Early seafaring and the archaeology of submerged landscapes
Geoff N. Bailey A.J. Ammerman & T. Davis (eds), Island Archaeology and the Origins of Seafaring in the Eastern Mediterranean, Eurasian Prehistory 10 (1-2) (2013): 99-114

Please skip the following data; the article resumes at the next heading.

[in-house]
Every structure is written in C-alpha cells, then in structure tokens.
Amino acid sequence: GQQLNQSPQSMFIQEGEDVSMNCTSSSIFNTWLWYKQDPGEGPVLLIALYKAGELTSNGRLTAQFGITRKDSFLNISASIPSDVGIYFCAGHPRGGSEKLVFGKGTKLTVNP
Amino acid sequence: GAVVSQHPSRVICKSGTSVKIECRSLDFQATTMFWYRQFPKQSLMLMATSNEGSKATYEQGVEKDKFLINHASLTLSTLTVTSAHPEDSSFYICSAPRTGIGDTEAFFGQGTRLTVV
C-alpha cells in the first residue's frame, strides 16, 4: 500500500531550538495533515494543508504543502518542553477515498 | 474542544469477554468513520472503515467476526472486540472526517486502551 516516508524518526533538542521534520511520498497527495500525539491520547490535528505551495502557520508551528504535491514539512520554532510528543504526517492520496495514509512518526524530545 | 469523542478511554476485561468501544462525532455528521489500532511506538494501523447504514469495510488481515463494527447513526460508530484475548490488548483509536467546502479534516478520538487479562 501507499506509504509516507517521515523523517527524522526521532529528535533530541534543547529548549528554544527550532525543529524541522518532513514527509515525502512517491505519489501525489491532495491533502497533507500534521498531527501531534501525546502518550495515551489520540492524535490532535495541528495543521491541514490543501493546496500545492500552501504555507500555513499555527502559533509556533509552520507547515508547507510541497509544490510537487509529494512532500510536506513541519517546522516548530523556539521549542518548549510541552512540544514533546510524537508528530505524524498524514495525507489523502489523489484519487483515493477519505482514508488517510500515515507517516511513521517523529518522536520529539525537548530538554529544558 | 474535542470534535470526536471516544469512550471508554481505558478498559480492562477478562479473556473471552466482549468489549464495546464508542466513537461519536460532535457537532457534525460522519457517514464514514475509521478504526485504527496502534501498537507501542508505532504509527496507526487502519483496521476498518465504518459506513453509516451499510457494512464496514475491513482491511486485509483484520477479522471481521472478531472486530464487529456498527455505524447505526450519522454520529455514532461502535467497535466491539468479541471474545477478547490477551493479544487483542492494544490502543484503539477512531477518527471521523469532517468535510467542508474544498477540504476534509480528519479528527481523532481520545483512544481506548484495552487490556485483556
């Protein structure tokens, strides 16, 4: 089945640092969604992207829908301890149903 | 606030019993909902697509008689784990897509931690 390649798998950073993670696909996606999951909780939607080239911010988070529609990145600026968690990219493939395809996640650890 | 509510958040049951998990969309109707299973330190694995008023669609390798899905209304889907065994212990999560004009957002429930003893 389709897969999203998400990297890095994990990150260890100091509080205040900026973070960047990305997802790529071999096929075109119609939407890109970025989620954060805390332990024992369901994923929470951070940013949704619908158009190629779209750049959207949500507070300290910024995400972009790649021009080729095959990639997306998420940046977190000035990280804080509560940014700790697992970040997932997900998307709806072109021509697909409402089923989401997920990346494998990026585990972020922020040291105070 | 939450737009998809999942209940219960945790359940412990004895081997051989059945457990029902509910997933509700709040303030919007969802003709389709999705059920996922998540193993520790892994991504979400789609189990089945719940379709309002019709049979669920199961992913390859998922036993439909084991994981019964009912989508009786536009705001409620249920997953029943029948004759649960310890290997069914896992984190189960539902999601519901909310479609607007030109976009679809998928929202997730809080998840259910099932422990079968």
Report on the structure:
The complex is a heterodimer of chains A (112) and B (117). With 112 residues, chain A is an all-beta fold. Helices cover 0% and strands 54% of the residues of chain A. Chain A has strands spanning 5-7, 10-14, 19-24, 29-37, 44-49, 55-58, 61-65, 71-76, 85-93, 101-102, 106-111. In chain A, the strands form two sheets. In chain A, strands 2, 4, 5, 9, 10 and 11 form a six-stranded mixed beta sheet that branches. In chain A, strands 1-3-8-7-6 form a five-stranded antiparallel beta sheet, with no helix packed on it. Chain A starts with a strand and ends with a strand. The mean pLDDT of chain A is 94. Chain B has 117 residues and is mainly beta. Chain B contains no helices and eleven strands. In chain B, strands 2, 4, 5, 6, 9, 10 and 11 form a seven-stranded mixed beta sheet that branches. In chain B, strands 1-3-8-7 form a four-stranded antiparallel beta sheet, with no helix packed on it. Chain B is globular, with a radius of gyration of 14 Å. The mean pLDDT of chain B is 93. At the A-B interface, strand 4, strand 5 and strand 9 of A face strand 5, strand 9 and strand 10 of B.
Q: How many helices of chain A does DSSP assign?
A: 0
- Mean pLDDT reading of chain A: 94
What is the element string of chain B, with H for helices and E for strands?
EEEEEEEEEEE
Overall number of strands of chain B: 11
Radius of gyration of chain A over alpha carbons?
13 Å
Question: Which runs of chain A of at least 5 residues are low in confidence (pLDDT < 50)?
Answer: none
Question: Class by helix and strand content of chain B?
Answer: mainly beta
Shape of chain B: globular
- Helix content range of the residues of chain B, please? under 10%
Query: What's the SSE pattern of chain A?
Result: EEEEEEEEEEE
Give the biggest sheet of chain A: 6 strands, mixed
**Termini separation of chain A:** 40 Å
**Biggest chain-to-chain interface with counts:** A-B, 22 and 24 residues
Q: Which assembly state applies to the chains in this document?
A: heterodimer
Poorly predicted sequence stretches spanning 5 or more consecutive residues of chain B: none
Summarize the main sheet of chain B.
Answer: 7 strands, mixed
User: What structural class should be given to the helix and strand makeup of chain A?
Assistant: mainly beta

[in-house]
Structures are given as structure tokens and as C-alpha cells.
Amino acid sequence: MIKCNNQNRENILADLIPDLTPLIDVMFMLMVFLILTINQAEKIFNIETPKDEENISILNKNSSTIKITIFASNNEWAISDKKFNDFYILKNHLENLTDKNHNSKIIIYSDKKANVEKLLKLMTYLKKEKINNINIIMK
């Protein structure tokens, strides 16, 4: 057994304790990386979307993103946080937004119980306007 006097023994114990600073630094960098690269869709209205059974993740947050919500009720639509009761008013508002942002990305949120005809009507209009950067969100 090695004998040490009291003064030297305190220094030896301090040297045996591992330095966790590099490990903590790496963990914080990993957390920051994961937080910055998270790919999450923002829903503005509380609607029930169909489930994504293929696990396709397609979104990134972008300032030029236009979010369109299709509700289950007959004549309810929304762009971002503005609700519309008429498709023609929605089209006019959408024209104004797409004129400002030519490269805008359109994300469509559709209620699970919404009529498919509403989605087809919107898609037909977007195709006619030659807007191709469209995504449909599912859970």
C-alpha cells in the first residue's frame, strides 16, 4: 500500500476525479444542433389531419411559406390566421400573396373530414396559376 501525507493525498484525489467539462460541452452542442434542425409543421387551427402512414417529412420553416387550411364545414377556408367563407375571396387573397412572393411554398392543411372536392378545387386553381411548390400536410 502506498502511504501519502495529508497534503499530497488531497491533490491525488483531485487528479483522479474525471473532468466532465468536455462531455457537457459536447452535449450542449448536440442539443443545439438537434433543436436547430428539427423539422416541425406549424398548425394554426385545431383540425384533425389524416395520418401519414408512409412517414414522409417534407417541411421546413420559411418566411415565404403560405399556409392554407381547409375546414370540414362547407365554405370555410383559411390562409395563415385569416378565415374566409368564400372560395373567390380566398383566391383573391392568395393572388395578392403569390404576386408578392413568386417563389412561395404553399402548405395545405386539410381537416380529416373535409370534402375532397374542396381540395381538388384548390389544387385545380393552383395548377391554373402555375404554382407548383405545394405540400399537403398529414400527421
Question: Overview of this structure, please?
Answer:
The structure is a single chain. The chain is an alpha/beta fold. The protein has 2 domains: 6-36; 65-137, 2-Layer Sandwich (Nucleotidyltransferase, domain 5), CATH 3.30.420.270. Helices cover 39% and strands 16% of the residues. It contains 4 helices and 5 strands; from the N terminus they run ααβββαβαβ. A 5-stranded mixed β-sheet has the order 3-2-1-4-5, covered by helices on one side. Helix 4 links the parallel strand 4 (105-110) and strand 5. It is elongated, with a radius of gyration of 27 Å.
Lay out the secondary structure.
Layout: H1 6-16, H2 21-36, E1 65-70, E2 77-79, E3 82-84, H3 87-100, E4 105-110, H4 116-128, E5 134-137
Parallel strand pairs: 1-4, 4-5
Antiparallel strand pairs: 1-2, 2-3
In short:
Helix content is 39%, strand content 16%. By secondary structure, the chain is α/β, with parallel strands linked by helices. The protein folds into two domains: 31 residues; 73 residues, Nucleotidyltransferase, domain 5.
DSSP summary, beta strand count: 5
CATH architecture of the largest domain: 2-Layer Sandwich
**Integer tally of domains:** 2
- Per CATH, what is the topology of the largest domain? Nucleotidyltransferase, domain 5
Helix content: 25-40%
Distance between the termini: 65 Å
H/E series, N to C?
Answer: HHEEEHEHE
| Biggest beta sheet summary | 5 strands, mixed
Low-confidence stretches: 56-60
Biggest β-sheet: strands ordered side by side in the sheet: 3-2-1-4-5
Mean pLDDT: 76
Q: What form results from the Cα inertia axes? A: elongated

Sea level change has been a near-continuous accompaniment to human settlement in all coastal regions throughout the history of human existence on this planet, with sea levels persisting at levels at least 40–60 m below present for most of the time and sometimes dropping to more than twice this depth. This fact has far-reaching consequences: for the reconstruction of past coastlines and oceanographic conditions; for the submergence of coastal and peri-coastal settlements associated with evidence for seafaring and marine resource exploitation; for the consequent loss of relevant evidence and the bias this introduces into the surviving archaeological record; and for an understanding of the environmental and socioeconomic impact of sea level rise at the end of the last glaciation. In this chapter, I chart the increasing acceptance of the need to research the palaeo-shorelines and submerged landscapes of the continental shelf in the face of prolonged scepticism that this is feasible or worthwhile, and discuss the evidence now emerging for why this is important, and how it can be explored further.